When you want to watch the Porch TV independently of what's playing on the Den TV, turn on the Porch TV, use the Roku apps, and control the volume using the TV remote. The Porch Amplifier will automatically turn on and default to the MAIN line, which will play the output from the Porch TV.

Caveats:

1) If the someone sees the volume slider in the Kitchen fully down, they may think sliding it up will turn on audio. That will be necessary, but you may also need to turn on Zone-3 for the receiver.

2) Just because the Porch TV is off, doesn't mean that no audio will play. If Zone-2 is turned on, even if the Porch TV is off, then audio will start playing based on whatever the Zone-2 source is selected. You'll want to make sure you turn of Zone-2 before turning off the Porch TV. For example: 1) you're watching the game through a cable box on both TVs, 2) you turn off both TVs and the cable box when the game is over, 3) late that night, someone turns on cable box to watch TV in the Den, 4) the Porch speakers will start playing the cable box sound immediately, possibly waking up your neighbors.

NOTE: If you can find a receiver that forwards *all* audio signals over HDMI for Zone-2, then you can get around this by skipping attaching the Zone-2 Line Output to the Porch Amplifier INTERRUPT. But I'm not sure if any Receivers have this feature - most only output audio signals to Zone-2 over HDMI when the input is 2-channel PCM (which is rarely the case for video sources these days).

3) After you turn off Zone-2, the audio won't play from the Porch TV for a brief period of time. This is because the Porch Amplifier needs to switch back from INTERRUPTING to MAIN. This switch-back behavior is delay-based.

NOTE: You can trade the INTERRUPT and MAIN line to shift this delay period to either the Porch TV output or the Zone-2 output.

NOTE: You can get around this by just introducing a manual switch. This means you'd press a button on a switch each time you need to switch between Zone-2 and Porch TV audio (in addition to turning on/off Zone-2).

Each of these caveats may come with a WAF (wife-acceptance-factor) cost. Most other bulletproof designs will require pretty extensive control, integration and coordination components to get a really solid functioning system. This means more cost and more advanced programming and equipment. So if you can live with the above caveats, and are price and complexity sensitive, then I'd lean towards this solution.

Otherwise, get ready to dive in and do a LOT more research or just pay for a company to come in and do it for you. There's a tradeoff in solutions based on whether you care more about configuration complexity or more about cost. If you care about cost, I'd consider not trying to mirror the two TVs for video (you can still play the same game/movie/etc., it just won't be perfectly in sync), and using analog audio splitters from a single source for audio mirroring (so that whole-house audio is in sync). If you want to absolutely have video in sync between the two TVs, then you'll need to look at a matrix solution, which will add more complexity and cost to the design.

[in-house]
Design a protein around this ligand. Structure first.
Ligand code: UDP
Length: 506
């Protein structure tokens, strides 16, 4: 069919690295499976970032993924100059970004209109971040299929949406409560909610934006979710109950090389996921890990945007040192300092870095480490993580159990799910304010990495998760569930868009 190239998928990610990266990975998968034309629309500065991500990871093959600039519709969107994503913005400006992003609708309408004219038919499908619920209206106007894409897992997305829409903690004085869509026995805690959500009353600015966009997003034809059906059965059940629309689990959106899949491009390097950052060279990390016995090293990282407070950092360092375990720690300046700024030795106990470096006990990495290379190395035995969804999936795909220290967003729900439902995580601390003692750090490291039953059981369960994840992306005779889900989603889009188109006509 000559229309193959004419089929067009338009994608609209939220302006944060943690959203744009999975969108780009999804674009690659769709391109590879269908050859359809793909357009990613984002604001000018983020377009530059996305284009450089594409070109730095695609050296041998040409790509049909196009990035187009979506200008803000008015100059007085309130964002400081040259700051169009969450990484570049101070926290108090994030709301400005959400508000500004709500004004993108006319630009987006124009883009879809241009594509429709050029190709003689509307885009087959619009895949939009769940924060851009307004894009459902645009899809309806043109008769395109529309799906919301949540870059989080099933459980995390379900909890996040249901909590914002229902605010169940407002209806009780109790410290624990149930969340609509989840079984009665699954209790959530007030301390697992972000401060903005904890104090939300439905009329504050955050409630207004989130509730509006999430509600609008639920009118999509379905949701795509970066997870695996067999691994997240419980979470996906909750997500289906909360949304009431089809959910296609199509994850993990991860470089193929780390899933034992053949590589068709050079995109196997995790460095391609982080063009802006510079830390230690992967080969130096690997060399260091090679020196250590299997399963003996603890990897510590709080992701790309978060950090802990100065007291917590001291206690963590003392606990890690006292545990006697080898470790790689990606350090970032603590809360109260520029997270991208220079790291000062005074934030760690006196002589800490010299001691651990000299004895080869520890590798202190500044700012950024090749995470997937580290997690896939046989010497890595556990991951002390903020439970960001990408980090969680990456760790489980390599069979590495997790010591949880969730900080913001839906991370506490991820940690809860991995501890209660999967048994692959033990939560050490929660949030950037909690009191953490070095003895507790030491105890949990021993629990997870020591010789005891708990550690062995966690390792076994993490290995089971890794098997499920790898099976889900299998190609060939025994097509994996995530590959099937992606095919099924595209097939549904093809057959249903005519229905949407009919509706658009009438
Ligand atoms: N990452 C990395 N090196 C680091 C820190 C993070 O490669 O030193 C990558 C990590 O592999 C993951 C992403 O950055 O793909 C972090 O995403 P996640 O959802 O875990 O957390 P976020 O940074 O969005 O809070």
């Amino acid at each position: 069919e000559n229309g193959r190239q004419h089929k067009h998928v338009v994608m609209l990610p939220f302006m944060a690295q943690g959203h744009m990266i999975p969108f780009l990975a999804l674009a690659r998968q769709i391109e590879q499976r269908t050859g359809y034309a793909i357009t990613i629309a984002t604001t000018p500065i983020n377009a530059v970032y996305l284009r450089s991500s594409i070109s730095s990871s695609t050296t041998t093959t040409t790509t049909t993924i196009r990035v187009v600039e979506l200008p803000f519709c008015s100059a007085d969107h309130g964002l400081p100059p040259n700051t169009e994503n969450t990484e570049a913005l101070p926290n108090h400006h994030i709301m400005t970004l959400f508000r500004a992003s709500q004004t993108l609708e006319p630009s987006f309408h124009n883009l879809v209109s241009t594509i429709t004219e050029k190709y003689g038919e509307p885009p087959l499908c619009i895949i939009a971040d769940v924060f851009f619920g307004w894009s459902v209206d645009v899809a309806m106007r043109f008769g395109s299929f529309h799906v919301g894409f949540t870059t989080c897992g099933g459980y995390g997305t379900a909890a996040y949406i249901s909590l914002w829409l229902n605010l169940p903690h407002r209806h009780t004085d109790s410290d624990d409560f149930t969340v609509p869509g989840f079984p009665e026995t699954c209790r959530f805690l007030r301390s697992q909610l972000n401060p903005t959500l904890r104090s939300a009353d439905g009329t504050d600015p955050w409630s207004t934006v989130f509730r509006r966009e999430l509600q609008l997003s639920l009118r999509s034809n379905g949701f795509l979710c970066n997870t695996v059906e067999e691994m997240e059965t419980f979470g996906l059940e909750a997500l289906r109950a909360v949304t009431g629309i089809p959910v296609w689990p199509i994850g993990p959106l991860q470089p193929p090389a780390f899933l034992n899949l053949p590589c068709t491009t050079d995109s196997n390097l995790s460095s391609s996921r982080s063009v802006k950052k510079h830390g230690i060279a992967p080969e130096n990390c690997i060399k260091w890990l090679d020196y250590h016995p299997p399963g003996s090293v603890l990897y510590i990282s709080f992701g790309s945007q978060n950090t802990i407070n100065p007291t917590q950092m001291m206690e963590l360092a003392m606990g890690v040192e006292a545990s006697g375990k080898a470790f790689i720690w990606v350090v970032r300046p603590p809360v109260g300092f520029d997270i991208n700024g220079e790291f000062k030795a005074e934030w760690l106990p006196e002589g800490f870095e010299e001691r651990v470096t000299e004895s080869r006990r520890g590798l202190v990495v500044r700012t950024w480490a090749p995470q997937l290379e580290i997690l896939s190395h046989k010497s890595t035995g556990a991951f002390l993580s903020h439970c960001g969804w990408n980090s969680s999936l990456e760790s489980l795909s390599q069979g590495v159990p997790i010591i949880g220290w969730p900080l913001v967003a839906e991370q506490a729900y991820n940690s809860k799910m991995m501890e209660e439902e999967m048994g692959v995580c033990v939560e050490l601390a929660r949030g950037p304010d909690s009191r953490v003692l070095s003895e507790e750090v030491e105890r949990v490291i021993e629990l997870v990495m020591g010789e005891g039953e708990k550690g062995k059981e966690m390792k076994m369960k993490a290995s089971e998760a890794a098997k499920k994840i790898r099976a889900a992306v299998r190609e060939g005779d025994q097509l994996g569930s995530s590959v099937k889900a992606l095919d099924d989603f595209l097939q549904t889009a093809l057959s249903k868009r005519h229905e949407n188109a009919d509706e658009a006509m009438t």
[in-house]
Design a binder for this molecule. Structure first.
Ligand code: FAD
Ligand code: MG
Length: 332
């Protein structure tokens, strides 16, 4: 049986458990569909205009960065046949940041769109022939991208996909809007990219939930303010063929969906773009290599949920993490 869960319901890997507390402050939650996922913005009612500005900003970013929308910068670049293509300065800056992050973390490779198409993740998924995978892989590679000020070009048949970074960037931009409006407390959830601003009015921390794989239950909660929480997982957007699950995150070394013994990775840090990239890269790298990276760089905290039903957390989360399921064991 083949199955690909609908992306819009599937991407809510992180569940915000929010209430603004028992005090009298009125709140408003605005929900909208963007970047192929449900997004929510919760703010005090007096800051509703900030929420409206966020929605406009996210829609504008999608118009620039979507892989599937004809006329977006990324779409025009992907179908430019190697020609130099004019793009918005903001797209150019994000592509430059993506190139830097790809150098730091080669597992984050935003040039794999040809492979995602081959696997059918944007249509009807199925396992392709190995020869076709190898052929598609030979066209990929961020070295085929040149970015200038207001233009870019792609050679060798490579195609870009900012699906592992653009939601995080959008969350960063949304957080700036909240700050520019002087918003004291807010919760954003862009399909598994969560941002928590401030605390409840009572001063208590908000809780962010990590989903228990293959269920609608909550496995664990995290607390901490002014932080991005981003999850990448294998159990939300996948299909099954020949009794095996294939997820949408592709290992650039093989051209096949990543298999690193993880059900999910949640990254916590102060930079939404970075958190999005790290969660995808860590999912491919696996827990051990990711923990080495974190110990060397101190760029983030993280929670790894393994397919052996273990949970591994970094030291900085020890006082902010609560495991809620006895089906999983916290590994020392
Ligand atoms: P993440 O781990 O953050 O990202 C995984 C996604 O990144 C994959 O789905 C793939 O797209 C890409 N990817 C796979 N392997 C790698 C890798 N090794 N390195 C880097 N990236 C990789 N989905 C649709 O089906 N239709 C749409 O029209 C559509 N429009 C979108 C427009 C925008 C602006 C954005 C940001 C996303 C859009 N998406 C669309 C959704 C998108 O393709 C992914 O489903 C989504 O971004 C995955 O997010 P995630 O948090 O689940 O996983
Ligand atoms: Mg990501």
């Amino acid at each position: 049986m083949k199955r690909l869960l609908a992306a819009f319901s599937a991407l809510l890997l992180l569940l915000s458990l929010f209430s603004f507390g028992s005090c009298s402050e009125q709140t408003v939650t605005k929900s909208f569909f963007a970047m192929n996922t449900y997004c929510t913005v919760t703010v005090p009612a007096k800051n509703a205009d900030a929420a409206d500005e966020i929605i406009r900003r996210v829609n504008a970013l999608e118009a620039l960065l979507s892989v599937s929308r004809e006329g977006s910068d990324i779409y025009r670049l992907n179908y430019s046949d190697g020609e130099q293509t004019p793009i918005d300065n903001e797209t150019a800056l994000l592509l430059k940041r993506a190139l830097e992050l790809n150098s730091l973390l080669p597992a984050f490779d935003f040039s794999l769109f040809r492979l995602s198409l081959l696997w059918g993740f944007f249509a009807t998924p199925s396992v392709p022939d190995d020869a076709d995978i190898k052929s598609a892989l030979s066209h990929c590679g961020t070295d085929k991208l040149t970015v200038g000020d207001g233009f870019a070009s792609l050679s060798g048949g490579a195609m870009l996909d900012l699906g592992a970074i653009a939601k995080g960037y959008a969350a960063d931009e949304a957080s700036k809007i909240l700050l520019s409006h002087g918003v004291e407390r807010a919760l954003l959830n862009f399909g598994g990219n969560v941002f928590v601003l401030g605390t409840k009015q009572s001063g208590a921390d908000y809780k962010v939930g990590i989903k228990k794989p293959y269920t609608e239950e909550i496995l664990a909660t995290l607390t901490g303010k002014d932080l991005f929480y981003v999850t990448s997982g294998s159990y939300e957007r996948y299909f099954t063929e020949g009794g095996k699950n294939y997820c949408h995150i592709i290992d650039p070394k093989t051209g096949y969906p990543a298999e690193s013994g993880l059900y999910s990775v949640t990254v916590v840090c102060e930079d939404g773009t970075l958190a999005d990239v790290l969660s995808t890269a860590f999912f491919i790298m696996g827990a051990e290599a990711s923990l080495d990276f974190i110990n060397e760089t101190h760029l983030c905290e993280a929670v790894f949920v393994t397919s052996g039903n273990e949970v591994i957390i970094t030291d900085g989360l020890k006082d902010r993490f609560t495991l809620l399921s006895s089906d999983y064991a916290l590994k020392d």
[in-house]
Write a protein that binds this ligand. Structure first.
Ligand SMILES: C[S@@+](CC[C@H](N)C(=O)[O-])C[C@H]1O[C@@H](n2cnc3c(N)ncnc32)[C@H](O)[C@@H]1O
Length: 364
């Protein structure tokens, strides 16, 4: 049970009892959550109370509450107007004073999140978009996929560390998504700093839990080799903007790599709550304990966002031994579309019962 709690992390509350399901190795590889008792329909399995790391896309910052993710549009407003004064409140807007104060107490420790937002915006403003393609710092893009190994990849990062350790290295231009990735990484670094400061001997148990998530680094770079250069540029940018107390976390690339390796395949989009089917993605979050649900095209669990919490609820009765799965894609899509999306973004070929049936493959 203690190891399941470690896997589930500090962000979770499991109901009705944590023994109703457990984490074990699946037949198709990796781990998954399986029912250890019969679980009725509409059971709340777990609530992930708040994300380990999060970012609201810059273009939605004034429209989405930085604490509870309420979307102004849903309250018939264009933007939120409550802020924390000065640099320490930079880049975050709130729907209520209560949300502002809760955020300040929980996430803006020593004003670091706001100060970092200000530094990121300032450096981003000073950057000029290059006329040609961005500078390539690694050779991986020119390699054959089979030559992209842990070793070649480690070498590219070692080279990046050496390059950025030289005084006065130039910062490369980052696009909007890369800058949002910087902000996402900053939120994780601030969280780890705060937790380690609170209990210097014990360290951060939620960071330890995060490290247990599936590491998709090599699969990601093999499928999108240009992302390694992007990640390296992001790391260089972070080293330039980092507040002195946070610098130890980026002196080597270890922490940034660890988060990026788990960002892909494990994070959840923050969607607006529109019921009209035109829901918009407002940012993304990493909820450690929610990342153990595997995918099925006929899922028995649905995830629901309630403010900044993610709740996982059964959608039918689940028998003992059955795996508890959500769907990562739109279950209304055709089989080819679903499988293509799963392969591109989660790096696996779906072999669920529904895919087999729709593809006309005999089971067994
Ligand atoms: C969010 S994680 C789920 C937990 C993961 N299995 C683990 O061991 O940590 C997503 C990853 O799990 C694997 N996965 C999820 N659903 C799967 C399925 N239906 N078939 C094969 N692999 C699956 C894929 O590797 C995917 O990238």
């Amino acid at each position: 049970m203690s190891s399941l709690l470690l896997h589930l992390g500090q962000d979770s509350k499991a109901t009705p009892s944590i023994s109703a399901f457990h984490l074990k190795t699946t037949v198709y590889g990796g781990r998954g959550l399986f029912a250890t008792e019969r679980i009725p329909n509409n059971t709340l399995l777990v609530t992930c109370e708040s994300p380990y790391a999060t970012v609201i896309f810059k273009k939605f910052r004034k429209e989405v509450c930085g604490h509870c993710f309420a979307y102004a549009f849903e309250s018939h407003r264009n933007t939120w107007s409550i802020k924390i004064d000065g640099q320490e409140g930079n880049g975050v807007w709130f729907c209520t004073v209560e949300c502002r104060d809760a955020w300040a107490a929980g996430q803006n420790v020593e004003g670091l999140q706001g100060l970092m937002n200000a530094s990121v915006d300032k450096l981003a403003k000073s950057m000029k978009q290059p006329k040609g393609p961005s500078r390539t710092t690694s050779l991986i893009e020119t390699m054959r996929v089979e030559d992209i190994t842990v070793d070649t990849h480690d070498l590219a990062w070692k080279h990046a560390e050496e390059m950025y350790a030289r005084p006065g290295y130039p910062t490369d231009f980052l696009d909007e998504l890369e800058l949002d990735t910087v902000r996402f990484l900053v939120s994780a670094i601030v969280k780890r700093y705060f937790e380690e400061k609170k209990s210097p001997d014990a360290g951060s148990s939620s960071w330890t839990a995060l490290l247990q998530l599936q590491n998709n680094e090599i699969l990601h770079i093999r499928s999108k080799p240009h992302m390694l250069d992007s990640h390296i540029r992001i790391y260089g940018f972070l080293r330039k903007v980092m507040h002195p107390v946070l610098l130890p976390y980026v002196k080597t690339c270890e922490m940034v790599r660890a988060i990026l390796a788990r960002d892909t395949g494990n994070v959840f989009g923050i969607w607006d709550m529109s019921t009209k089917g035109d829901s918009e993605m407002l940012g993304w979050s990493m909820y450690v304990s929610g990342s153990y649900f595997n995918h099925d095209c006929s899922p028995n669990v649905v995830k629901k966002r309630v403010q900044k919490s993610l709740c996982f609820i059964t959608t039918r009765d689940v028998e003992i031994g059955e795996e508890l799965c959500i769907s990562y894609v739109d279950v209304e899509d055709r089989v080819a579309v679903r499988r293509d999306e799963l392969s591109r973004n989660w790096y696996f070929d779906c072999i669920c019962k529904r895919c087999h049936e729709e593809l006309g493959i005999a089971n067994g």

And if you can send me over $150 via Paypal for the hour I spent designing the above system for you, that would be great... (kidding of course)
Let me start by saying THANK YOU for this. I realize that I never responded which makes it look like your work had gone for nothing. But, I can assure you, over the last 3 weeks I have been reading and trying to digest what all you recommended. I feel like I finally have a grasp on what you have laid out. I am new to this AV stuff and (holy crap) this stuff can get complicated.

Yesterday, I finished running the speaker wire. I wired for the volume control in the keeping room as well.

Could I get away with a 7.2 system if I put a speaker switch on the patio and keeping room output? I could just put some sort of soundbar on the outside tv for audio. The only 9.2 channel receivers in my budget would be the Onkyo and I have read mixed reviews on them. 99% of the time the outdoor speakers will be used for music controlled from a cell phone for Spotify. From what I understand, the Yamaha phone app is awesome compared to the rest of the control apps.

Please tell me if my thinking is flawed on this:

If Zone 2 were on a switch, I would have the zone 2 L/R IN (2 speakers) and Output of Porch L/R (A) and Keeping Room L/R (B) (4 speakers). If I only play one of the sets of speakers at a time, it should just be a normal strain on the receiver, but if I wanted to play both of them, it would start getting into the impedance and ohm equations. (4)8 Ohm speakers should result in 4 ohms of impedance on the receiver. So if I can find a receiver that can accept 4 Ohms of impedance I should be ok?